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Adderall Addiction Treatment

Adderall Addiction Treatment

Adderall is the trade name of a drug that belongs to a prescription medication class called “stimulants”. The drug is available in the form of tablets containing a mixture of amphetamine salts.

Under normal conditions, the drug stimulates the central nervous system to improve concentration and focus in ADHD patients.

However, Adderall is also quite addictive with a high potential for dependence and abuse, which is why it’s a controlled drug in the U.S.

Despite being a complicated process, Adderall addiction treatment is achievable, and in this guide, we’ll walk you through everything you need to know to get your loved ones the help they need.

How Does Adderall Work?

As the name suggests, patients suffering from Attention Deficit Hyperactivity Disorder or ADHD are pretty impulsive, so they find it extremely difficult to concentrate on tasks or stay motionless for a while.

In most cases, these symptoms occur due to relatively low levels of dopamine. This one is a brain chemical responsible for various feelings, including pleasure and satisfaction, which pushes ADHD patients to continuously seek external stimulation.

That’s where Adderall comes into play. The treatment works by increasing the levels of various chemicals, including dopamine, norepinephrine, and serotonin, providing the brain with the level of stimulation it needs to overcome hyper-impulsivity and lack of focus.

Besides ADHD, Adderall is also used as a treatment for narcolepsy, which is a sleep disorder that affects sleep-wake cycles and causes a chronic sensation of extreme sleepiness throughout the day.

What Is Adderall Addiction?

Adderall addiction is a form of drug misuse disorder, which is associated with the abuse of the drug to seek its stimulation and/or euphoric effect.

Due to the high similarity in chemical composition, Adderall is similar in effect to meth (methamphetamines). However, since it’s more accessible, its risk of abuse is much higher.

Adderall addiction can take many forms, including:

  • Taking Adderall without a proper medical prescription to get high
  • Taking Adderall beyond the prescribed period
  • Re-taking Adderall without a doctor’s consultation
  • Using Adderall in doses higher than prescribed
  • Mixing Adderall with other drugs or alcohol
  • Taking Adderall in dosage forms other than prescribed, such as injection, snorting, or smoking (to increase its effect)

Although teens and young adults are the most affected by Adderall addiction, it’s not limited to any demographic, and any person taking Adderall is at risk of developing misuse problems.

How Common is Adderall Addiction?

Adderall and methamphetamine addiction is quite high. According to a John Hopkins University study, non-prescription use of Adderall among adults increased by up to 67% between 2006 and 2011.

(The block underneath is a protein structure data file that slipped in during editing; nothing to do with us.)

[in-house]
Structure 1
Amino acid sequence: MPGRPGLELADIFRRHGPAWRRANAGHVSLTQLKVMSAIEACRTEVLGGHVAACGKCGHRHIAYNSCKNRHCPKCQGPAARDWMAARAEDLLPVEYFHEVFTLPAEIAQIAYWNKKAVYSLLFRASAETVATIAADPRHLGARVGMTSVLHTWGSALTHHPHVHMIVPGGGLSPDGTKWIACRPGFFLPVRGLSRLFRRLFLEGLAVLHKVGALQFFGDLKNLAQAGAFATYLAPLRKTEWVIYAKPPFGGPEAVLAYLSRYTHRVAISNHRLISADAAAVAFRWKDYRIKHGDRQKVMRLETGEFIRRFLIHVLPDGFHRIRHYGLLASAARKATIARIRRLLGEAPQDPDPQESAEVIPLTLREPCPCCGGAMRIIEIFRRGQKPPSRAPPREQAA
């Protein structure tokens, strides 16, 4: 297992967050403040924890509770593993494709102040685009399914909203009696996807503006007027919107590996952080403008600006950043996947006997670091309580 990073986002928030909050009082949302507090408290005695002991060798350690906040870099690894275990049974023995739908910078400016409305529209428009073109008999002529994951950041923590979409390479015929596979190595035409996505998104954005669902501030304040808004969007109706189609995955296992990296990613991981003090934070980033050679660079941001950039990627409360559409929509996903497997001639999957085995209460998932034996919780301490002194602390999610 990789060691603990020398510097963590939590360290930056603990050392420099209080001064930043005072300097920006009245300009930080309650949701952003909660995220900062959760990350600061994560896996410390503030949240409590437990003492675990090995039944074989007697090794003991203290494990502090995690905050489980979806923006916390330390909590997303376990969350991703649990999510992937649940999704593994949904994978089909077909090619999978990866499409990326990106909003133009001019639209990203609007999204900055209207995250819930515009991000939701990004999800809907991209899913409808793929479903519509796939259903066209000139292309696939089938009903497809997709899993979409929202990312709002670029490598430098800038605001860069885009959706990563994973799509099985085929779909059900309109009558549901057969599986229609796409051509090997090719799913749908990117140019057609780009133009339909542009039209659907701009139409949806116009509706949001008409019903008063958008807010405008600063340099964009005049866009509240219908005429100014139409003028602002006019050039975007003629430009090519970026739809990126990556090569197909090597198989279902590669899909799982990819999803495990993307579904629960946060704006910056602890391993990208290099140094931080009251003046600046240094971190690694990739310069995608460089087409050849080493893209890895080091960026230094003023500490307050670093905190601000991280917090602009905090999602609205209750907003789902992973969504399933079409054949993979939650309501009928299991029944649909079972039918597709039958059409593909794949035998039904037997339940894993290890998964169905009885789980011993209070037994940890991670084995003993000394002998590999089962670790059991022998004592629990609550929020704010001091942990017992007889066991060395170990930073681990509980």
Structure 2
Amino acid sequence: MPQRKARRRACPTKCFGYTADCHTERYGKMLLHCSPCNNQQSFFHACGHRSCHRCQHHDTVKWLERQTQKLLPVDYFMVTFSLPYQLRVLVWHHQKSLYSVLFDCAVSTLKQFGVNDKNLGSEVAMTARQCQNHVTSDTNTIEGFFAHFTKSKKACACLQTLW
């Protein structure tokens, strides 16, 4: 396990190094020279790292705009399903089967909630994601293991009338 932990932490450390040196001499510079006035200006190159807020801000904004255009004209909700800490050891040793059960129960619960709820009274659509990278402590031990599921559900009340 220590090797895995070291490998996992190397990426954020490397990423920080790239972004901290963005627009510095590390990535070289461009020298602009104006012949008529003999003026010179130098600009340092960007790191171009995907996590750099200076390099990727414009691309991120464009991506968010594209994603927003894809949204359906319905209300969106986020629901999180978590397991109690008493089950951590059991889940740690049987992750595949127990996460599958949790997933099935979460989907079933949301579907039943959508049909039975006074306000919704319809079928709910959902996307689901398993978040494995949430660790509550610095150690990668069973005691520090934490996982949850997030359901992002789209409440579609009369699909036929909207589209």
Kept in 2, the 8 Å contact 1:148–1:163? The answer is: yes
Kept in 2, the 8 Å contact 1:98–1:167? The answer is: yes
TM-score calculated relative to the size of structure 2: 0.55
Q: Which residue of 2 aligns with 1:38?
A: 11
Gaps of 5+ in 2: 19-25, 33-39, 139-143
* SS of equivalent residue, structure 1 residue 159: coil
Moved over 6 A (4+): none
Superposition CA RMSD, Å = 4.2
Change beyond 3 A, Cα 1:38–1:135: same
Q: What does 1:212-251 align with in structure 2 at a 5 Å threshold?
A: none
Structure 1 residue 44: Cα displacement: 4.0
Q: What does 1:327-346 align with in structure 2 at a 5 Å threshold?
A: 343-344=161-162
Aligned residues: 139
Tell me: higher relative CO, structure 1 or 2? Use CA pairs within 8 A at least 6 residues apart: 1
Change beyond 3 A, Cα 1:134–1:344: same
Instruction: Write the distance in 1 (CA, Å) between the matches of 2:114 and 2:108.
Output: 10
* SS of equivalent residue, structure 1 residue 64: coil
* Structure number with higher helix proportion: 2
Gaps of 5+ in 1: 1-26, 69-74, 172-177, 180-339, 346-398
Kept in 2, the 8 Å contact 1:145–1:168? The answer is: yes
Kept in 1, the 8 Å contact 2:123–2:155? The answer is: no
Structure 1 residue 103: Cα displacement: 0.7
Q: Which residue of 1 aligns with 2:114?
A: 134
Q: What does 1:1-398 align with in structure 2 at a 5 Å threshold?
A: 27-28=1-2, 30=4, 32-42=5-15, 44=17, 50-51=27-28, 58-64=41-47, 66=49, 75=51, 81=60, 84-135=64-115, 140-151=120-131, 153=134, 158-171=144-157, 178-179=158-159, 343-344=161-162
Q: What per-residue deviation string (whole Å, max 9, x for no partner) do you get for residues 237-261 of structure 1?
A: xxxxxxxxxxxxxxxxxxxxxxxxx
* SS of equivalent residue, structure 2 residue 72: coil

The Substance Abuse and Mental Health Services Administration also ranks amphetamines as one of the most commonly abused/addicted drugs, affecting over 16 million people since it was invented in the 20th century and over 2.55 million in 2020 alone.

Another survey found that over 66% of young adults who abuse this prescription drug get it illegally from their friends and don’t have a proper prescription for it.

Why Adderall Addiction Treatment is Critical

Besides being highly addictive, Adderall’s stimulant effect is only safe when used as prescribed.

Excessive and prolonged use of Adderall can cause a variety of serious health problems, such as:

  • Insomnia and sleep disorders
  • Seizures
  • Cardiovascular diseases, including a high risk of a heart attack
  • Irritability and aggression
  • Interacting with several other medications
  • Depression and extreme mood swings
  • Drug-induced psychosis
addiction and love

What Causes Adderall Addiction?

Although Adderall is marked as a safe treatment for ADHD and narcolepsy, the U.S. Drug Enforcement Agency classifies it as a Schedule II substance (controlled medication).

This is because Adderall is a highly potent stimulant with an incredible potential for drug abuse and addiction.

According to the Food and Drug Administration (FDA), taking Adderall for a long period causes severe dependence where the body adapts to the current dose and starts experiencing withdrawal symptoms if the medication is stopped or the dosage is reduced.

This dependence can also develop into full-on addiction where patients show compulsive urges to seek the drug, regardless of its negative symptoms.

Another reason why Adderall is subject to drug abuse comes from its effect on brain chemistry.

Since amphetamines raise dopamine, norepinephrine, and serotonin, those with stable dopamine levels will experience a sensation of euphoria “high” and hyper-excitement when they take it, especially in high doses.

Besides seeking that euphoric sensation, some people may abuse Adderall for its pharmacological effects, such as:

  • Enhance their physical performance in athletic competition
  • Staying awake for longer periods
  • Increase their level of focus
  • Lose weight by inducing appetite loss

What Are the Symptoms/Signs of Adderall Addiction?

Since Adderall has a potent stimulant effect with high dependence potential, developing addiction from recreational use can be quite fast.

Different levels of Adderall abuse can result in unique symptoms that range between subtle and obvious. Here’s a quick look at them:

Side Effects of Adderall Use

Like any medication, Adderall has some side effects. These symptoms can occur even when patients take Adderall as prescribed.

Experiencing these symptoms may require contacting your doctor but they aren’t necessarily a sign of abuse:

  • Dryness in mouth
  • Changes in bowel movement and diarrhea
  • Difficulty of sleeping
  • Mild headache
  • Nervousness and anxiety
  • Decreased libido
  • Decreased appetite
  • Faster breathing , heart rate, and higher or lower blood pressure

Immediate Symptoms of Adderall Abuse

As previously established, Adderall abuse can happen quickly, and it can still be a risk factor while taking the drug medically with a prescription.

The most common symptom of Adderall abuse is increased irritability and hyperactivity of the abuser.

However, Adderall abuse can include a variety of other symptoms and signs, many of which are an enhanced version of the common side effects, such as:

  • Noticeable weight loss
  • High irritability and easy panicking
  • Mood swings
  • Restless and uncontrollable shaking
  • Insomnia
  • Abdominal pain
  • Inability to perform some daily tasks or stay focused
  • Developing tolerance towards regular dose of Adderall and pumping the dose

Severe Symptoms of Long-term Adderall Use and Addiction

The continuous misuse of Adderall leads to dependence, which quickly develops into addiction. There are both long-term and short-term consequences of Adderall abuse. The symptoms of Adderall withdrawal and addiction are both mental and physical, which include:

  • Excessive reaction towards things, mostly with anger and paranoia
  • Swinging between episodes of mania and depression
  • Developing suicidal thoughts